The money I spent on that hay trailer was money well spent, and now I'm wondering if it might be worth it to spend some more money on some other stuff to make my life a little bit easier (I'll need to hunt up a crowbar to pry open my billfold first). 

Saturday, August 2, 2014

Everybody Oughta Own a Jeep Sometime During Their Life

I posted about my '83 Chevy pickup back in May, and down in the comments Pat brought up the subject of Jeeps so I thought I'd tell the story about the Jeep I owned back when I was about 18 years old (which seems like both yesterday and a hundred years ago at the same time, funny how that works isn't it?).

My Jeep was a 1975 CJ5 that I (with a lot of help) eventually modified to the point that it had a 304 V8, a HD 4spd, 3" suspension lift, and 33" mud tires along with a bunch of little things like power steering, bumpers, a roll cage, etc.. Building that Jeep taught me a lot about being a mechanic, the world of salvage yards and the people that run them, welding, painting, etc..
An iPhone photo of a 35mm photo of my '75 Jeep
With that 304 and the Jeep's light weight, it was scary-fast, and with the steering characteristics of your typical short wheelbase Jeep, it was scary-dangerous trying to keep it going in a straight line down the road.  

It was really made for one thing, and that was driving off-road, down muddy roads, or up a rocky Jeep trail back in the mountains.   When I drove it, it was almost like I was wearing or riding it instead of driving it, it felt like an extension of my body, and I was one with the Jeep and the terrain (or something like that).  I was a member of the Jeep cult and proud of it.

I eventually ended up selling it because I was almost broke and didn't need or want two vehicles any more.  My head told me to sell it, but my heart kept trying to tell me not to sell it. In the end, my head won the argument, so I tuned it up and got it ready to sell.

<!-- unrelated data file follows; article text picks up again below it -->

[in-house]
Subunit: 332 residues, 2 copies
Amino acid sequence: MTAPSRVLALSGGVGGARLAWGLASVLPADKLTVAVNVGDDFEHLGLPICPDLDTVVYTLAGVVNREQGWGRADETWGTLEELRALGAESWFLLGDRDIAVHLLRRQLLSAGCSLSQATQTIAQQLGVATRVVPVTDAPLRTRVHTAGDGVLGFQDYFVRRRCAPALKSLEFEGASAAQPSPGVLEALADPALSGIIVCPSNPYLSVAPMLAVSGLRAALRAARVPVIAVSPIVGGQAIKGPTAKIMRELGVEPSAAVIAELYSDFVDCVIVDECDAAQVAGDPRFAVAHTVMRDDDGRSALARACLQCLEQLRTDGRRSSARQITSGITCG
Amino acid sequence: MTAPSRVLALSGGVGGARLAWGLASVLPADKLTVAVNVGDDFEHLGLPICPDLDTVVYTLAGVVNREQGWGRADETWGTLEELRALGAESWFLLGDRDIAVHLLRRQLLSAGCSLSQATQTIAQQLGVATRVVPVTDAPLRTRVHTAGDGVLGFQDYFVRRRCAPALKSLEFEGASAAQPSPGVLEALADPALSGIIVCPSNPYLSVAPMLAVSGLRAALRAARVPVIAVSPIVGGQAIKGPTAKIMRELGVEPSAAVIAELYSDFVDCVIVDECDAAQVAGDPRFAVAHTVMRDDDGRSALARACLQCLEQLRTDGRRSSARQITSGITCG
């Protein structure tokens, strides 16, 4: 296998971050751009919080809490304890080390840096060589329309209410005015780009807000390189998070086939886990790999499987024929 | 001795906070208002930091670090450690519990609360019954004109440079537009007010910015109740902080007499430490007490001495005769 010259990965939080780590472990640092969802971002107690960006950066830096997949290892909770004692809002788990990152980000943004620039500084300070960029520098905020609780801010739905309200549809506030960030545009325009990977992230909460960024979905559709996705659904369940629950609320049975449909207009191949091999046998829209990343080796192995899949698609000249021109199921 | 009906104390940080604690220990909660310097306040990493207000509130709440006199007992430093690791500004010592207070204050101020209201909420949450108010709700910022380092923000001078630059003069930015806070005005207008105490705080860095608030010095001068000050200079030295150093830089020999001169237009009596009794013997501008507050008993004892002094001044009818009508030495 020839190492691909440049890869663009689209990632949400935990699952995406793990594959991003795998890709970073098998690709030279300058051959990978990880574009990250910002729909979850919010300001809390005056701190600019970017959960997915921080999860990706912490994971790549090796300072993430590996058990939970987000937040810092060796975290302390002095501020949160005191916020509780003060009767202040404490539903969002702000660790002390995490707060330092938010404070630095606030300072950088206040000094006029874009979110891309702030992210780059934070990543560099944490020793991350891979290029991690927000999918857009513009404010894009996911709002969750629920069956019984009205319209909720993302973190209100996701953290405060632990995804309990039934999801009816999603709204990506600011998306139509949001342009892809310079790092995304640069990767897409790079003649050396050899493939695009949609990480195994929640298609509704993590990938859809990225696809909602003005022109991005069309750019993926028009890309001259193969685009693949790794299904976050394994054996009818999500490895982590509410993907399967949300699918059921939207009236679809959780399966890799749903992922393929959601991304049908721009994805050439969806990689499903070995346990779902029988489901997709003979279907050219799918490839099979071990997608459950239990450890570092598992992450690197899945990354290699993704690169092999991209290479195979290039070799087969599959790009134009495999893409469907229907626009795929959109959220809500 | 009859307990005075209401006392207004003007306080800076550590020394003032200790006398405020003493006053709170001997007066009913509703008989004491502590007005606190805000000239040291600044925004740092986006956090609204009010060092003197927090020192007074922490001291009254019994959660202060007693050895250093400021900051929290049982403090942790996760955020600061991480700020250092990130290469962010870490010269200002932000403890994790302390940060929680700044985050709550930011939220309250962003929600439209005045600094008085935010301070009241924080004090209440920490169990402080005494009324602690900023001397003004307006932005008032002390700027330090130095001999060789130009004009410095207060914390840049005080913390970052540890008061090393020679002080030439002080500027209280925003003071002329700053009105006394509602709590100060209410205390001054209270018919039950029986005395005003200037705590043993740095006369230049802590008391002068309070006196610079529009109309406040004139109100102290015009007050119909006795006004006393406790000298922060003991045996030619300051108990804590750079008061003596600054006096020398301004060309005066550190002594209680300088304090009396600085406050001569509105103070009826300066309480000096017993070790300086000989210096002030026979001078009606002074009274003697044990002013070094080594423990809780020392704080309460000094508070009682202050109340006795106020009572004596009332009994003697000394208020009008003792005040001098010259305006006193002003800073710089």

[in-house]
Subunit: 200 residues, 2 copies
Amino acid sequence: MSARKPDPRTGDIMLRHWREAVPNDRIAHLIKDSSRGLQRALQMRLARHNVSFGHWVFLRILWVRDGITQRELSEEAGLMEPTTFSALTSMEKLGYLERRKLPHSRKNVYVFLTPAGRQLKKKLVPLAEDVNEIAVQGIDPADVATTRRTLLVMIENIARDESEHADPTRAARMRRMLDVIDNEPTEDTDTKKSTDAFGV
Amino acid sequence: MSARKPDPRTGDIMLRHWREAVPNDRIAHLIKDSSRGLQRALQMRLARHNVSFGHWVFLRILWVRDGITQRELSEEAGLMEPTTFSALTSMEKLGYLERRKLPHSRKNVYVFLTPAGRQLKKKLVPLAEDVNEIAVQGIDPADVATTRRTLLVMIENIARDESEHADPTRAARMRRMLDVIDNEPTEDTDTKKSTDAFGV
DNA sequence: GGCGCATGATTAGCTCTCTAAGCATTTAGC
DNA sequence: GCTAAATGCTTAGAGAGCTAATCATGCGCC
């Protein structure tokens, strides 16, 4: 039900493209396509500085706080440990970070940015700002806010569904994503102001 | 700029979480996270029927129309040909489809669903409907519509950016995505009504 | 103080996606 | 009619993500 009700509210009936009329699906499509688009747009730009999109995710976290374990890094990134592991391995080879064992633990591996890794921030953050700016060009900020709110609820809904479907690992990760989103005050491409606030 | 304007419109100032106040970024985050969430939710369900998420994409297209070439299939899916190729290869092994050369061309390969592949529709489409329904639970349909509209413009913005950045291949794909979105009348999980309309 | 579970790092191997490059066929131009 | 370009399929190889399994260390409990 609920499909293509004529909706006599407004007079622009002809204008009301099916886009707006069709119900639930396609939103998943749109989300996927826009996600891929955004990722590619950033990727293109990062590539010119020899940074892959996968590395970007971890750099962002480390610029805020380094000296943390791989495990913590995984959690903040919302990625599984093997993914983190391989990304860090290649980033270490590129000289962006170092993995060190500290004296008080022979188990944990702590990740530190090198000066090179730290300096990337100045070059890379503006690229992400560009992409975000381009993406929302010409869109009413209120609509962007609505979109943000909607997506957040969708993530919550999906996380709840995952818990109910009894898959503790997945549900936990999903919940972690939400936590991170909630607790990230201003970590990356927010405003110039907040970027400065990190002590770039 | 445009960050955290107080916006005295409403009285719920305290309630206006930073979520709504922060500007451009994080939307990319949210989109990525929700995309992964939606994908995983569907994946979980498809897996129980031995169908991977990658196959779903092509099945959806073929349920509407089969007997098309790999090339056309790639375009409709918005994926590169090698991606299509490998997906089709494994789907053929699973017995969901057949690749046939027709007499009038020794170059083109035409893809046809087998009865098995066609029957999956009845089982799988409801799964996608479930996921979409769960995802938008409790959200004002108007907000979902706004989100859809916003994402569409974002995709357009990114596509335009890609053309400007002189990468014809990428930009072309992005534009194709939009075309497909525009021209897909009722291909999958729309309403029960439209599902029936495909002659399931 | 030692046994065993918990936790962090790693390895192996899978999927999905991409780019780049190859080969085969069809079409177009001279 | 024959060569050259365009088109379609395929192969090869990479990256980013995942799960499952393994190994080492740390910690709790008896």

I quickly found out that the secret to selling something is to have the attitude that you don't really want to sell it.  Everybody that looked at it was interested in buying it, it soon sold for more than I thought it was worth, and it was gone. On a positive note, I used the money to pay off my credit cards, and that also was the last time I had credit card debt (Thanks Jeep!).

You would think that that would be the end of the story about my Jeep, but years later, I wrote a story about my Jeep and entered it into a writing contest put on by The Dallas Morning News about "Lemon Cars".

I can't find the original story, which was pretty funny from what I was told, but the condensed version was a story about how the parking brake didn't work right and I detailed how the Jeep snuck up on me one day and tried to run me over when I got out to check a creek crossing before driving across (it included a bunch of details about the engine revving as it got closer, and how I had to wrestle it to the ground before I could jump into the driver's seat and stop it).  Another part was about how I had to make sure to carry extra underwear anytime I decided to drive it on the highway because it refused to stay in one lane and was always trying to swerve into oncoming traffic whenever I drove faster than 35 MPH .   I wish I still had the original entry to share, because it was much funnier.

A couple of months after submitting my entry, I got an email saying that after all the voting, I had won the contest and would be getting a $1000 check in the mail shortly (so technically, I can sorta say I'm either a paid writer, or a professional writer).   Even when my Jeep was gone, it was still looking out for me.

My Jeep taught me how to be a mechanic, how to dream about faraway places, helped make me debt free, made me some money as a "writer", and allowed me to be a part of the Jeep cult.  Would an Oldsmobile have done all that for me?

If everybody had a Jeep sometime during their life, I think the world would be a much better place (of course, since "real" Jeeps are getting rarer as time goes by, that's going to be harder and harder for that to happen).